Webe Talkin’ Sumthin’ ‘Bout Golla

WRIGHTSVILLE BEACH — Eulis Willis is an author and elected official, who’s been mayor of Navassa in Brunswick County for 17 years. But it’s his Gullah heritage that he will talk about Wednesday to begin the North Carolina Coastal Federation’s summer Coastal Speaker Series.

His talk will focus on the past and present of the Gullah/Geechee culture, a fast disappearing remnant of a society of African slaves that once stretched along the Southeast coast from the Cape Fear region of North Carolina to Jacksonville, Florida. It’s now centered on the islands and in the low country of South Carolina and Georgia.

Eulis Willis

Eulis Willis

“The Gullah were people who specialized in a trade, in this case it was growing rice,” Willis said.

They were West Africans who were brought to work as slaves on rice plantations, and evidence of these African roots and culture still exist along these waterways. “There is a lot about this history that isn’t well understood, or well documented,” he said.

But, he hopes through education and events like this, more people will learn about it.

To most Americans, the golf courses and gated resorts for the wealthy on Hilton Head Island typify the islands that hug the South Carolina-Georgia border. Those who read Pat Conroy’s “The Water Is Wide” or saw its movie adaptation, “Conrak,” may remember that these island were once inhabited entirely by Gullahs, or Geechees, who were descended from West African slaves. The plantation owners fled after the islands were captured by Union forces early in the Civil War, and the freed slaves and their descendants lived for generations in relative isolation. They developed a unique culture and language.

Growing up in Navassa, Willis said he didn’t experience the same kind of Gullah/Geechee culture that those in Charleston, Savannah and the nearby Sea Island communities might. He learned of their unique language and customs when he met his South Carolina-born roommate while attending North Carolina A&T State University in Greensboro.

“He could talk and I just didn’t understand what he was saying,” he said. “Many of these communities were very isolated after the Civil War. They developed their own language patterns, food patterns, medicine patterns. Many of them from their West African parents and grandparents.”

Willis learned more about his own heritage much later, when he was researching his book, “Navassa—The Town and its People,” in the early 1990s. “I wanted to write about my hometown, its history, how it got its name,” he explained.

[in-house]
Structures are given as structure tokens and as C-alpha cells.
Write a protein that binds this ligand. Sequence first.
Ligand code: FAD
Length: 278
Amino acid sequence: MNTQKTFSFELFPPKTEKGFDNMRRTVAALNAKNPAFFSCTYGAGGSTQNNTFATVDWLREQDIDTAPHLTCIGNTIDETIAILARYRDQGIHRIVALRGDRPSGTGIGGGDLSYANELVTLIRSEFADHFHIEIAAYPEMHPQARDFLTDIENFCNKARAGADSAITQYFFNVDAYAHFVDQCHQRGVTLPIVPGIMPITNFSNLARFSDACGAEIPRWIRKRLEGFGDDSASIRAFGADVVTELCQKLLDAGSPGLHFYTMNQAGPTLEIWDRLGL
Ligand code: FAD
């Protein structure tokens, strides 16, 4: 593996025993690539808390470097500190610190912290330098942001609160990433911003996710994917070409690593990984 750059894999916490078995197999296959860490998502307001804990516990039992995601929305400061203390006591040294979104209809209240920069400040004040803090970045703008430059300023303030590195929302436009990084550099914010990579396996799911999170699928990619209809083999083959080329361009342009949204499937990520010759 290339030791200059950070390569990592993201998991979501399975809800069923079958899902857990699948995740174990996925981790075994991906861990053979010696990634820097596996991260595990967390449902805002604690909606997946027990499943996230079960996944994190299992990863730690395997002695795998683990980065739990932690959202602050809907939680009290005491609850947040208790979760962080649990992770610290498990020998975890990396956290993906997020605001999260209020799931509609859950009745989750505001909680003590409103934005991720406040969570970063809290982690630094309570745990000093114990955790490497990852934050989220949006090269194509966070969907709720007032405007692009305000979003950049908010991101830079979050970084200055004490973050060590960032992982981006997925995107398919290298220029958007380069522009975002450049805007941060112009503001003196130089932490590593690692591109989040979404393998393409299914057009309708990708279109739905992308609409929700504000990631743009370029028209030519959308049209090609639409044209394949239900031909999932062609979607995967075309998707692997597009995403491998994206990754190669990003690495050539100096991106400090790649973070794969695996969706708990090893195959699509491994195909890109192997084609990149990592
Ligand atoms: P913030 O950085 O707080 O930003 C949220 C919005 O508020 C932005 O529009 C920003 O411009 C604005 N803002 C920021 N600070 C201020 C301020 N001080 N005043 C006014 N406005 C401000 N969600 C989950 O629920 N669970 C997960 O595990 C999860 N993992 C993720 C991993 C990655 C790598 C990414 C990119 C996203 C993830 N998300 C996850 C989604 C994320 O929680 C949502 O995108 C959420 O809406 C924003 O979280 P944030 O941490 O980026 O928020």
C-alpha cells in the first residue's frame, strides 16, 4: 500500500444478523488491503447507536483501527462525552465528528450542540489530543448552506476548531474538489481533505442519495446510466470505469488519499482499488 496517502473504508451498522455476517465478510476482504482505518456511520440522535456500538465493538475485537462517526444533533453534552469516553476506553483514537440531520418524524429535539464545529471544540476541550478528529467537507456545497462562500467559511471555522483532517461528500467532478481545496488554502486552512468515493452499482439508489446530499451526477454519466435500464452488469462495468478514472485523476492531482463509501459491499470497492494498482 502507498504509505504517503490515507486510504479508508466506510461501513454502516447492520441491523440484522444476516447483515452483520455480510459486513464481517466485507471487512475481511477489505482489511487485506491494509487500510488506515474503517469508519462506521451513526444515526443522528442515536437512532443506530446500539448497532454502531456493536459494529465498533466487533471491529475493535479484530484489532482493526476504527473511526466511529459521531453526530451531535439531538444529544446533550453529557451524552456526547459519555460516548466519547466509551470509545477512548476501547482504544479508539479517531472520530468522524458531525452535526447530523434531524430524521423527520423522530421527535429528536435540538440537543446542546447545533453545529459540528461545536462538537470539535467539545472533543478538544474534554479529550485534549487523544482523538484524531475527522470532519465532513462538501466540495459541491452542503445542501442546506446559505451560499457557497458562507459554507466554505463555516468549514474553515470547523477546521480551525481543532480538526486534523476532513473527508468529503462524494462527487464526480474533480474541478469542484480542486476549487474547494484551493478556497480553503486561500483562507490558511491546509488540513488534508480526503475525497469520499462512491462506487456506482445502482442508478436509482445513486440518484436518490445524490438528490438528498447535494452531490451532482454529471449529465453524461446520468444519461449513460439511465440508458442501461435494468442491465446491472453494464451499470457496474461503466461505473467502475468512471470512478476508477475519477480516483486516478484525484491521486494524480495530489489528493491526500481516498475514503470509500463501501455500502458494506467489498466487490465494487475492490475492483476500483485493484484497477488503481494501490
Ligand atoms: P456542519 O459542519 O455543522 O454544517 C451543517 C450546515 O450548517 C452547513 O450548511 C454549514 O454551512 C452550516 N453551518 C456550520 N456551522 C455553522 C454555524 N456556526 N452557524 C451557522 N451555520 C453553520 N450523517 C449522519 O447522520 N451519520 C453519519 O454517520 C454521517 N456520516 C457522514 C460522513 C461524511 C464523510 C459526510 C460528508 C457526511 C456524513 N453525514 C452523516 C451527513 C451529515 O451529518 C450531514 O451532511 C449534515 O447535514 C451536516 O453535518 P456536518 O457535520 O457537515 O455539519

Through that process, he learned that what is now Navassa was once home to six rice plantations. He also learned that in 1819, there was a man who worked as a slave on one of them. “And now, seven generations later, here I am,” he said.

More of the pieces fell into place in 2006, when Congress declared a coastal swath of land that now starts in Pender County and ends in St. Johns County in Florida the Gullah/Geechee Natural Heritage Corridor and made a commitment to preserve its culture and history.

“It wasn’t until 15 years after I wrote my book that someone told me it was an ideal model of African diaspora,” Willis said.

Map: Sott.net

Map: Sott.net

After that Congressional act, researchers started trying to map areas with a Gullah/Geechee history. They started in South Carolina and as they moved north, they found more interest and eventually extended the corridor into southeastern North Carolina, Willis said.

The corridor is managed by a commission, which is made up of 15 members representing North Carolina, South Carolina, Georgia and Florida. Willis is one of three from this state.

The federation’s Speaker Series began in 2014. It features a new expert each month during the summer to discuss a variety of topics, from legislation that effects the coast to honeybee populations to oyster habitats.

“It’s a way for us to engage the public,” explained Ted Wilgis, a federation educator.

This month’s topic is a new one for series, but it relates to the work of maintaining coastal habitat, especially in terms of its cultural significance, and environmental justice. Part of that is understanding the different aspects of the history of the coast, Willis said.

“I don’t think there are very many people, especially in this area, who are aware of this Gullah heritage,” he said. “We’d like to get more people involved and eventually open heritage centers in all of the states, including North Carolina.”

It’s the commission’s goal to help spread the word about how the Gullah/Geechee people shaped the coast and how the influence continues today.

“It’s an incredible story and an incredible history,” Wilgis said.

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About the Author

Allison Ballard

Allison Ballard is an award-winning writer and journalist who covers topics such as food, film, science and the environment for a variety of local and regional publications. Since early days as high-school reporter, she’s gained experience in much larger newsrooms and through graduate programs at the University of Cape Town and the University of North Carolina Wilmington. Allison loves to travel, but always returns home to the North Carolina coast.